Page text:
making progress

Day by day, mile by mile, keep on building towards the 2017 Dublin City Marathon

There’s a half-marathon on your agenda very soon.

IF YOU’RE READING this, there’s a fair chance you’re on track with your marathon plan.

If so, well done. It’s not simple and requires discipline and good time management (I can do better with both), but the rewards at the end are massive.

There’s not many things to beat the feeling you’ll experience when crossing the line to complete a marathon.

If you’ve experienced it before, you know what I’m talking about. If you haven’t, you have something very special to look forward to.

Cathal Noonan / INPHO Cathal Noonan / INPHO / INPHO

The first time was the best, I found, after finishing the 2009 marathon.

New York in 2010 was special, coming in under 4 hours, but they’re all different and exhilarating in their own ways.

You might have had a special motivation for one particular marathon, which meant that achieving your goal had that extra significance.

Whatever it is, carry it with you as we start to seriously build up the miles over the next few weeks, and your mental strength will be tested.

Cathal Noonan / INPHO Cathal Noonan / INPHO / INPHO

Next weekend’s long run is 12 miles, and the weekend after that it doesn’t get any easier, when you’ll complete a half-marathon (13.1 miles).

But please don’t look ahead too far, and I’ve stated this before.

Today’s run is 3 miles, get that done, and move on.

You’ll really tie yourself up in knots if you look at the weeks to come.

At the end of each week, have a quick look at the plan, take a deep breath, and let it sink in.

Donall Farmer / INPHO Donall Farmer / INPHO / INPHO

Day by day, mile by mile, continue to build towards 29 October, and that start line.

It will come quicker than you think but if you stick to the plan, you’ll be ready, and you’ll get there.

I’ve had a steady couple of weeks, and breaking into double figures with a 10-miler was a nice milestone.

Slow and steady is the key on the long runs but if you feel like really opening up the lungs, hammer into the shorter 3-mile runs.

Here’s your next two weeks of the Hal Higdon novice 1 programme:

Week 7

Today 3 miles
Wednesday 6 miles
Thursday 3 miles
Friday Rest
Saturday 12 miles
Sunday Cross training

Week 8

Monday Rest
Tuesday 3 miles
Wednesday 6 miles
Thursday 3 miles
Friday Rest
Saturday Half marathon (13.1 miles)
Sunday Cross training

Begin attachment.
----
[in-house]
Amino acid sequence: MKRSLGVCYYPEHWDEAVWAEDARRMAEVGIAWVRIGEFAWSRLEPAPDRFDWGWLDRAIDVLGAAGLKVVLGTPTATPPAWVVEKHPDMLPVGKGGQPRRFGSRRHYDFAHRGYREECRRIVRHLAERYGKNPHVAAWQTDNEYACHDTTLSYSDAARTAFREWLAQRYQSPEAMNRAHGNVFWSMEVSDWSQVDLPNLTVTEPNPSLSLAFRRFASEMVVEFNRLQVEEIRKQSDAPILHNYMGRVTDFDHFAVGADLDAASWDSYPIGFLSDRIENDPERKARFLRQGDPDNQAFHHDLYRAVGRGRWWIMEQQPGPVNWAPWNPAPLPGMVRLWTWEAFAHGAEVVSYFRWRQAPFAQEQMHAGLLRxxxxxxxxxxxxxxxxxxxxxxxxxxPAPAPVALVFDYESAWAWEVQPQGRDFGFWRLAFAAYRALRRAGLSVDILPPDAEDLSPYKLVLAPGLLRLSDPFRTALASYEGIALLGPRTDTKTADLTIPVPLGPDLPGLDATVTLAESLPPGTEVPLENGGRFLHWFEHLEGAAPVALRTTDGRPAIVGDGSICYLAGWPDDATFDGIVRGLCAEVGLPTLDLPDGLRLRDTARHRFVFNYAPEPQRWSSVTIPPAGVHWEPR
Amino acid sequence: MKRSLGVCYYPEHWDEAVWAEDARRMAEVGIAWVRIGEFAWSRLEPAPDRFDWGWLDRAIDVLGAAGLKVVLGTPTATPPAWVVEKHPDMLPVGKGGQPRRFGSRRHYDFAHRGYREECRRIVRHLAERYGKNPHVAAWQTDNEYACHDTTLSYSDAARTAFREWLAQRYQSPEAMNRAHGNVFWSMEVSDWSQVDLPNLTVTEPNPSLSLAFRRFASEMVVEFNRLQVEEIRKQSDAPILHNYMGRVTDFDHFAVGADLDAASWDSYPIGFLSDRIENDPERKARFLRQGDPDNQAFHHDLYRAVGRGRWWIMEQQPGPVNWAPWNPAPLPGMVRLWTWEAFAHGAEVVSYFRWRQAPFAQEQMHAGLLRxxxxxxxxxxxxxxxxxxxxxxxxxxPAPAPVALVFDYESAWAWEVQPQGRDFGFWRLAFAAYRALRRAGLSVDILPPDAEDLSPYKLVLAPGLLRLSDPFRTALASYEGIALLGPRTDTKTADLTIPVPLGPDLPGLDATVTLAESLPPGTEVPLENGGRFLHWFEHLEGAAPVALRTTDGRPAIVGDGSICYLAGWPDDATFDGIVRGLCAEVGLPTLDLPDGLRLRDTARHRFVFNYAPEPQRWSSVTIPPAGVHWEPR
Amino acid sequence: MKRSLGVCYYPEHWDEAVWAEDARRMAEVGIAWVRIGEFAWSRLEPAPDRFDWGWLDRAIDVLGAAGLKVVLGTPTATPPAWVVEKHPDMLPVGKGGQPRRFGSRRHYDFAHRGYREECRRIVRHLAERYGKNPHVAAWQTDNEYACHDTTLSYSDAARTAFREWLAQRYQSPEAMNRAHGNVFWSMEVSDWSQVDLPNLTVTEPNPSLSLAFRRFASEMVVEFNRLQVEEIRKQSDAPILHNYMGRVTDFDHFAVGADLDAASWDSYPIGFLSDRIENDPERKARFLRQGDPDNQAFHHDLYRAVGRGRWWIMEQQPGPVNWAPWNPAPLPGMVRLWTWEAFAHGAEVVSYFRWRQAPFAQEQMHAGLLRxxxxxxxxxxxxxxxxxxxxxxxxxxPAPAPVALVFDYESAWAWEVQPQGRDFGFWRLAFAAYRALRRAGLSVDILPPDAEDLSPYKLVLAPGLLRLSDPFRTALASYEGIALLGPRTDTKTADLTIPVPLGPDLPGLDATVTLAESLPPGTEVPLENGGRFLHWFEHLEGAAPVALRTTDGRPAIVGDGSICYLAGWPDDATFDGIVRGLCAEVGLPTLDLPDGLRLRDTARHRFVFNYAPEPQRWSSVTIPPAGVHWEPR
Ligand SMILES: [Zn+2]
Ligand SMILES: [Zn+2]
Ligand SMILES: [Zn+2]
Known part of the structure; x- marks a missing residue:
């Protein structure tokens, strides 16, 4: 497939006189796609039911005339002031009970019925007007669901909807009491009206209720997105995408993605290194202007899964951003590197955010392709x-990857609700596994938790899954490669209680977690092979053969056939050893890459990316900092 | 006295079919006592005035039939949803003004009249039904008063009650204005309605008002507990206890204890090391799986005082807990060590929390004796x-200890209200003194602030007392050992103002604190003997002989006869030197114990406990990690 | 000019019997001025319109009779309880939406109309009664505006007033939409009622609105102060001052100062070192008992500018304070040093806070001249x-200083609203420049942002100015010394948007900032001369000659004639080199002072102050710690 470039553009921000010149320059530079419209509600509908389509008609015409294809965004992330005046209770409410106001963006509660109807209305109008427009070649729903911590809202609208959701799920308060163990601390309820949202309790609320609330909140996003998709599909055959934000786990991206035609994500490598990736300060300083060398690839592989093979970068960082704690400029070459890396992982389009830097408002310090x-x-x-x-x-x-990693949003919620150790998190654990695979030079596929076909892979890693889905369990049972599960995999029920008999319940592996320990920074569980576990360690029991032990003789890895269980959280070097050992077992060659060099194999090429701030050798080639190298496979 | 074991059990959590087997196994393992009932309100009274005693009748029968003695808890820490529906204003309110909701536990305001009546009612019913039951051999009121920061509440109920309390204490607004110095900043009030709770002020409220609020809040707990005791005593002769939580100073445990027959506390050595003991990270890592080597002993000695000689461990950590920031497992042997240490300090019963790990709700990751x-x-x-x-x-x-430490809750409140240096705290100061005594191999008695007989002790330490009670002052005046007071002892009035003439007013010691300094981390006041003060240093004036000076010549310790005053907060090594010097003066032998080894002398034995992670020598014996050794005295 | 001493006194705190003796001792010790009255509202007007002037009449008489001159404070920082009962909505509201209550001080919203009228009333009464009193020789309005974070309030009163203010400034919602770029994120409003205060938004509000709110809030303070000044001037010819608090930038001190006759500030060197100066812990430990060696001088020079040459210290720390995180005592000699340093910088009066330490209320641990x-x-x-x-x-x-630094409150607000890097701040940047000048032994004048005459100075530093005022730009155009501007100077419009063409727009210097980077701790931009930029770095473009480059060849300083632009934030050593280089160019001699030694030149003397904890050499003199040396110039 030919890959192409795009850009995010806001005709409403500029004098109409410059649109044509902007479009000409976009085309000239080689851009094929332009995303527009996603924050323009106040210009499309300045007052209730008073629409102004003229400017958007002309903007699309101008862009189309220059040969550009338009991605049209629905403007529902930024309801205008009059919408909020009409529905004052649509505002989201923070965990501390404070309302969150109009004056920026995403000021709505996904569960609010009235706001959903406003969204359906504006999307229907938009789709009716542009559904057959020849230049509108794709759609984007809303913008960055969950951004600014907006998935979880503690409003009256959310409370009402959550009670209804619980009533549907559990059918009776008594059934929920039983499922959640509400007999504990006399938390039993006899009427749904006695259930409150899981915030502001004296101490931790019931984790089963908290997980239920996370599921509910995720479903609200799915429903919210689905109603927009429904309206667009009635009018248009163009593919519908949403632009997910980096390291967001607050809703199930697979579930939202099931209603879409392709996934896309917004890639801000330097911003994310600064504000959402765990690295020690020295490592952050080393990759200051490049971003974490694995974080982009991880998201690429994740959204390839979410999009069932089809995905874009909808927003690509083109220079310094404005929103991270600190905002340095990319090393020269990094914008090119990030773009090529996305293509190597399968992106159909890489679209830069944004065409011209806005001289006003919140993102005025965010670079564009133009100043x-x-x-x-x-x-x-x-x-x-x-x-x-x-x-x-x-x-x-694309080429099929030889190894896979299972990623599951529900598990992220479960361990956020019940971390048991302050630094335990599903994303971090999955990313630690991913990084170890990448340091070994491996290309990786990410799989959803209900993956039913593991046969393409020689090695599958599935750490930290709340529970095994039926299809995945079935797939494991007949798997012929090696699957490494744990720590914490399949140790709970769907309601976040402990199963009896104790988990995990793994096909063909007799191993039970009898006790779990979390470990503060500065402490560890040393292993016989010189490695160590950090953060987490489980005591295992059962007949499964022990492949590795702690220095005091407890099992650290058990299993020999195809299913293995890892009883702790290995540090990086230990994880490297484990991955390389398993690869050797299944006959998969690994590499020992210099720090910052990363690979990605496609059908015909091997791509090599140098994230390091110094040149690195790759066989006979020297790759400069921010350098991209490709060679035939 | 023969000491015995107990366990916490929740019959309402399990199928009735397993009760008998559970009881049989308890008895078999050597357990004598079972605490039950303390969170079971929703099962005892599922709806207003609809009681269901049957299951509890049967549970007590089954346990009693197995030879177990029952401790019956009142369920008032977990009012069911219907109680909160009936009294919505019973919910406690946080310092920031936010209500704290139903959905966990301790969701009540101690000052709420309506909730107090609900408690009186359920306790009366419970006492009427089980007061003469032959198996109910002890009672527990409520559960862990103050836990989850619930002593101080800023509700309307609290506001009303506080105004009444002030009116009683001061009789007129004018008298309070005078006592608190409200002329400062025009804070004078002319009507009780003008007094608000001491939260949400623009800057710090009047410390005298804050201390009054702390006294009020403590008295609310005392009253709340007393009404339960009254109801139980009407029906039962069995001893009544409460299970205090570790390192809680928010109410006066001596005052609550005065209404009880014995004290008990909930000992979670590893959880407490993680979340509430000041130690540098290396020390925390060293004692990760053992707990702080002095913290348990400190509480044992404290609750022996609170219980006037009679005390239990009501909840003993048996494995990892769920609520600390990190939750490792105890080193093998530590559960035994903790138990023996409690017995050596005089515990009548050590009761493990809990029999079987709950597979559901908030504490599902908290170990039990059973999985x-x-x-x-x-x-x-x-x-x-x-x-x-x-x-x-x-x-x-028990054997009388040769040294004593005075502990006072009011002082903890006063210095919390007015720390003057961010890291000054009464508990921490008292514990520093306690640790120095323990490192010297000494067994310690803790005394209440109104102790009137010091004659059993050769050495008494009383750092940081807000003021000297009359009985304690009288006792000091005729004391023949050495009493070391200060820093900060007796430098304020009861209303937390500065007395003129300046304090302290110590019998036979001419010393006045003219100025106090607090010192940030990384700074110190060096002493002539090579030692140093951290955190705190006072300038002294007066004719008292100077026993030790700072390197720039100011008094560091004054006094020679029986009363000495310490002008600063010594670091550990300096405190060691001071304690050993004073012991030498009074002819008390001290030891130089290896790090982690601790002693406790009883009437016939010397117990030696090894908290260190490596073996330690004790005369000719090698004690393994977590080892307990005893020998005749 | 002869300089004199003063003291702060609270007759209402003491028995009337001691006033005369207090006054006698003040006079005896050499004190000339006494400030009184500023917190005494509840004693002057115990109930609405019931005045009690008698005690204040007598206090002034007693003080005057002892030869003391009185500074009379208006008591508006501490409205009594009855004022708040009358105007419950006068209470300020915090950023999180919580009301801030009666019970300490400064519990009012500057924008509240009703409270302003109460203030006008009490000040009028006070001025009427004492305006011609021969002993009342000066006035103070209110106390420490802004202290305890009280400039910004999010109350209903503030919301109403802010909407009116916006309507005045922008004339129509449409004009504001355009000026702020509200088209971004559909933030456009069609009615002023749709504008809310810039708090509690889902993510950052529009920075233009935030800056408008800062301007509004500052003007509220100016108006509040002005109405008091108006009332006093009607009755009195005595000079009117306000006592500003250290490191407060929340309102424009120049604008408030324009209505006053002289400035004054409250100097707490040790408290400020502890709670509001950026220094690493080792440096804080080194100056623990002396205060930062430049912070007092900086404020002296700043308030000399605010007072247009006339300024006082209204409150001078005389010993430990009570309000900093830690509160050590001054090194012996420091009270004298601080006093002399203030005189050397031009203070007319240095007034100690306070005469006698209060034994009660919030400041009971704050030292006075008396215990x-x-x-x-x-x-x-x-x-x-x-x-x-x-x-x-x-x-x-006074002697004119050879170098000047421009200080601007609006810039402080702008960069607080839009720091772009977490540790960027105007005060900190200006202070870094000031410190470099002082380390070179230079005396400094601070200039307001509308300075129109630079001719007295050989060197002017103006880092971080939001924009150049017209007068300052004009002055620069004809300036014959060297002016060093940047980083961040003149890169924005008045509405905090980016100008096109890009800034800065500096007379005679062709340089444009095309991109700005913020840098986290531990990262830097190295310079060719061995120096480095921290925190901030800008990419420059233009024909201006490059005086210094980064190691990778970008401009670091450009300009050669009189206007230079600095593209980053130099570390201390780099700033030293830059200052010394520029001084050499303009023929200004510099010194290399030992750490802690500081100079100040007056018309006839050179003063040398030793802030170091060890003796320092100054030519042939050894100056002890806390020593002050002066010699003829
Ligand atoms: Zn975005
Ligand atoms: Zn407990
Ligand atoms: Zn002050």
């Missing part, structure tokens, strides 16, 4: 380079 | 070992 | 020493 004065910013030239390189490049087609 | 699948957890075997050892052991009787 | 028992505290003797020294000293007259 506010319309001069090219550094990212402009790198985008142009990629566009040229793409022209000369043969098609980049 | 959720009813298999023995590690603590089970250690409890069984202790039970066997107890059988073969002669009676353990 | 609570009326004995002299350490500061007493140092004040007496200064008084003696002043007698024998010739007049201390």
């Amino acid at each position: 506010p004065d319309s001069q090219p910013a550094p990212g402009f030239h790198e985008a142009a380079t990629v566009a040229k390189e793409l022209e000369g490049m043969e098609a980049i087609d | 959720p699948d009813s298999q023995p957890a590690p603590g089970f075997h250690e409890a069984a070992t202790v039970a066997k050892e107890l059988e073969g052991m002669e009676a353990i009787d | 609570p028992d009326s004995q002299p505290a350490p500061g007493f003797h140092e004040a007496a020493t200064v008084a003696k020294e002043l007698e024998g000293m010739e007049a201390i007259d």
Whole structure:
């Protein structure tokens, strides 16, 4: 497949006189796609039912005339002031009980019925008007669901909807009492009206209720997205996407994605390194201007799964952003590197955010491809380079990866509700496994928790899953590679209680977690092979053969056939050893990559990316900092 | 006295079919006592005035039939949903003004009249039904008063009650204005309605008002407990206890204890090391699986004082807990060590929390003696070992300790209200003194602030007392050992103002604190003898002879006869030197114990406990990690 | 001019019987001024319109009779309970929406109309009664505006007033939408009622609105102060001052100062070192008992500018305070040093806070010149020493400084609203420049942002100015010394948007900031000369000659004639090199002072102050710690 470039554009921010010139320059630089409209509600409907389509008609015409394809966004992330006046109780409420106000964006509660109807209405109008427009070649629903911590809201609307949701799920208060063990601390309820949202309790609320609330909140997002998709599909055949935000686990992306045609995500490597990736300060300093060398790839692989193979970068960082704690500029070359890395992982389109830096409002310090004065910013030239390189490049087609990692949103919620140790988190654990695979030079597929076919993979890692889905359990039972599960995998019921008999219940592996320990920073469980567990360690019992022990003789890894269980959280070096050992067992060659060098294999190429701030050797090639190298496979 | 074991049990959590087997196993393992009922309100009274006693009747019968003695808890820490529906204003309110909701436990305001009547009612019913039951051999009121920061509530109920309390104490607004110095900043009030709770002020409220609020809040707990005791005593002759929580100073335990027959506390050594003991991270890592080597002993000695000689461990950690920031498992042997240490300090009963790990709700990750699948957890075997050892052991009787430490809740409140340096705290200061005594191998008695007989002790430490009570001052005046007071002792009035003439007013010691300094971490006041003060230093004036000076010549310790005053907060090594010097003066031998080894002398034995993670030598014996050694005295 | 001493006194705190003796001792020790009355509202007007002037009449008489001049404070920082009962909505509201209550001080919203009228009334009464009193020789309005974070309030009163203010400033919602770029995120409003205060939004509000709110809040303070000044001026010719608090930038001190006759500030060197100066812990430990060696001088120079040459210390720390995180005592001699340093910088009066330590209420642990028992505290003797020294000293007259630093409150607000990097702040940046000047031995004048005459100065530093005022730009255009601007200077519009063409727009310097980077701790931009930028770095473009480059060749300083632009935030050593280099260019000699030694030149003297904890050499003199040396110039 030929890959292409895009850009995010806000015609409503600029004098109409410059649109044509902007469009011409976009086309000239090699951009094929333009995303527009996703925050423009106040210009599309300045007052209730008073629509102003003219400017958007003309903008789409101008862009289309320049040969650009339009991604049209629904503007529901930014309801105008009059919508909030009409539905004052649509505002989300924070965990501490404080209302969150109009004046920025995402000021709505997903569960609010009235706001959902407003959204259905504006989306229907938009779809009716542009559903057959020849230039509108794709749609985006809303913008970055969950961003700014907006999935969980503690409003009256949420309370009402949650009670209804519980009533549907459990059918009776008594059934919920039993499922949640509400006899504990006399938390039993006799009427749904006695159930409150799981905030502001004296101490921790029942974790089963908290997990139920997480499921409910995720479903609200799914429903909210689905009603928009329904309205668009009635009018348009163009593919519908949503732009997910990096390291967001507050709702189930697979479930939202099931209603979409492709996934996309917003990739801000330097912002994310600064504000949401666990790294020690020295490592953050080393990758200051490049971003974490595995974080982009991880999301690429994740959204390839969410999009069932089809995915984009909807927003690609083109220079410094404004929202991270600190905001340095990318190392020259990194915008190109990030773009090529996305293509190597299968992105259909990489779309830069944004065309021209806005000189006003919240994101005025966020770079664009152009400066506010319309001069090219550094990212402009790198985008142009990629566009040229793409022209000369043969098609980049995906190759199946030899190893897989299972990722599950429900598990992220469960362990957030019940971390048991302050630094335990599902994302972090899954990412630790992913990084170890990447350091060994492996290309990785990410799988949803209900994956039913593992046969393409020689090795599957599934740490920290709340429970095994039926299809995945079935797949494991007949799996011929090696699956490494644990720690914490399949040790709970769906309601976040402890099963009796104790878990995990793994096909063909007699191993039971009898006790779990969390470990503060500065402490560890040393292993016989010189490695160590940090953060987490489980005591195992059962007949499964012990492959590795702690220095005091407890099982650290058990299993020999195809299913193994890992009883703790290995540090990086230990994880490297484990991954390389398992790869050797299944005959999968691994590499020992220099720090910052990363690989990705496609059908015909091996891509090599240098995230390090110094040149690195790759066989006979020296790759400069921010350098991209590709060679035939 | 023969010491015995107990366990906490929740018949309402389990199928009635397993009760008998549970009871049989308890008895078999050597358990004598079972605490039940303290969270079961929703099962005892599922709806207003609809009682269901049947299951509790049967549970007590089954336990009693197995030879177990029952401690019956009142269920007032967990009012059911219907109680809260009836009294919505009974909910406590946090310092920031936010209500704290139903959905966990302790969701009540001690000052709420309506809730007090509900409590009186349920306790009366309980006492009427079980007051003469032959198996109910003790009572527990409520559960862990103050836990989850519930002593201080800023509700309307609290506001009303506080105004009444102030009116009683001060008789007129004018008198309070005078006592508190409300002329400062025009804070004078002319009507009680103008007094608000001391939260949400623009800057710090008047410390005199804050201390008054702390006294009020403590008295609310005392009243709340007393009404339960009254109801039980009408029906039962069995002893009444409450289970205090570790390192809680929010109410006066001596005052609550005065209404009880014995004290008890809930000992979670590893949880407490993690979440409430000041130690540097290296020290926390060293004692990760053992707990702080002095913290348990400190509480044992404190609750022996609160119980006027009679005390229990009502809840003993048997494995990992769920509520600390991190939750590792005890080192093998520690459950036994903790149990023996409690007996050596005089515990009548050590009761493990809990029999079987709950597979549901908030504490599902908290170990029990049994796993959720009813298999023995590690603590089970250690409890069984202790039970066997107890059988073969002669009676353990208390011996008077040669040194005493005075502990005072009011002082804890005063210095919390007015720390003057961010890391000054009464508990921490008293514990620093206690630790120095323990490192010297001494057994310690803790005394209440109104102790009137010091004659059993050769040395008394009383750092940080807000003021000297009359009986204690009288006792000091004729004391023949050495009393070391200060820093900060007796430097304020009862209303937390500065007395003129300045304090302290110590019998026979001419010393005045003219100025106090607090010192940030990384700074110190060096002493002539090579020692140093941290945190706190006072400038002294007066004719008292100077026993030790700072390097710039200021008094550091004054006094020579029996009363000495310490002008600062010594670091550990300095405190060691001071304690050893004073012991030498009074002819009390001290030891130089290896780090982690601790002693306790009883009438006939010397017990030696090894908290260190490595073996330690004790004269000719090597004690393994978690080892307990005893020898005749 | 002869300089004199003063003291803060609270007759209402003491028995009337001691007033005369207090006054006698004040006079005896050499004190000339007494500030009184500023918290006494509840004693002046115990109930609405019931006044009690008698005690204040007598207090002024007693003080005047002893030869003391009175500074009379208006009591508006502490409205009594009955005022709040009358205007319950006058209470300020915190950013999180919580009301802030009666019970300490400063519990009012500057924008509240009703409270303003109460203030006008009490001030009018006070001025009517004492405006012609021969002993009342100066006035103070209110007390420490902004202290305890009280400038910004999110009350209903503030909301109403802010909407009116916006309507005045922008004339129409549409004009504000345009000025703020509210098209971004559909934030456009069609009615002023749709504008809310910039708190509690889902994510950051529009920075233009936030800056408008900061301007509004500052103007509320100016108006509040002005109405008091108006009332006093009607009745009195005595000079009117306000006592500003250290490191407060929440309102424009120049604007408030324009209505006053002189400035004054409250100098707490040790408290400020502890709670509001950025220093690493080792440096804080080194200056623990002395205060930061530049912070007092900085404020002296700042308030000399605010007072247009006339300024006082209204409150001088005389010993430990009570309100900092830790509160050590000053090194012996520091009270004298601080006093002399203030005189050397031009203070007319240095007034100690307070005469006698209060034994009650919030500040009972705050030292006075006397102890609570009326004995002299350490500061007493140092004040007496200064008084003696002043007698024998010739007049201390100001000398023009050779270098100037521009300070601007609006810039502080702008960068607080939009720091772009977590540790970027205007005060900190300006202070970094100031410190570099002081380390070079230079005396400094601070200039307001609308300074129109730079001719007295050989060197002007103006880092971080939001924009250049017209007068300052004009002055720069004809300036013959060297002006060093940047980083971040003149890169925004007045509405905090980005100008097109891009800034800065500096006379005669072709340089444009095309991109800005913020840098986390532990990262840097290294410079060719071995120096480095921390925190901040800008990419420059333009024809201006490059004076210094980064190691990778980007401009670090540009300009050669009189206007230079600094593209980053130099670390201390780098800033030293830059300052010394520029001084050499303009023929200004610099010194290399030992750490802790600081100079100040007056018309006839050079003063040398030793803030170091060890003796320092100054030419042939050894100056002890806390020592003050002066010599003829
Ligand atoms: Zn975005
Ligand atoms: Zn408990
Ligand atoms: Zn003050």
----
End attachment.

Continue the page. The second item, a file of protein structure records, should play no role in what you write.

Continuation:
To finish this week, here are some more useful tips from former Dublin hurler Joey Boland, and the team at Sports Physio Ireland. 

Emily Harney / INPHO Emily Harney / INPHO / INPHO

1. Building the capacity of the legs and trunk to tolerate the loads involved in running.

  • Strength training has shown to be protective against running injuries. It is important to be strong moving in all directions.
  • This involves exercises such as a side lunge, reverse lunge and a variety of core exercises such as anti-flexion or anti-rotation exercises.

2. Monitor your training load

  • If managing an injury while training or not, always track your training regime.
  • This may involve tracking the distance ran, the pace, rate of perceived exertion x time and symptom response (if managing an ongoing injury).
  • This may aid runners in identifying factors relating to their programme that may negatively influence performance or their injury symptoms.

3. Progressive Return to Running

A progressive return to running after injury is important, to respect that every injury is different from the degree of injury and the cause.

More info can be found on our blogs on this exact topic, here and here.

And, finally, if you do get injured while running or you are carrying an injury in training, consult a doctor or physiotherapist, as the most important part of rehab is identifying the injury and cause in order to plan an effective rehab.


Running is predominantly an activity where an individual is only on one leg at any one time.

This means that an individual must integrate single leg exercises into their rehab and strengthening program.

With that in mind, it is also important to have a balance between knee dominant and hip dominant exercises, as well as have a balance between double leg and single leg exercises.

In our session with Jackie last week, we focused on knee dominant exercises as our main exercises, for the purposes of technique while our next session will focus on Hip dominant exercises (Double and single leg) in order to reinforce the hinge pattern required in hip dominant exercises.

Once the movement patterns are correct, sessions will integrate between hip and knee dominant exercises in order to facilitate a well balanced athlete and avoid overloading any particular structure in the run up to the marathon.

As part of our circuits and recovery stations we prescribed a rehab exercise particularly for Jackie’s ongoing heel trouble by focusing on loading the tendon, and eccentric calf strengthening. More regarding injuries can be found on our blog.

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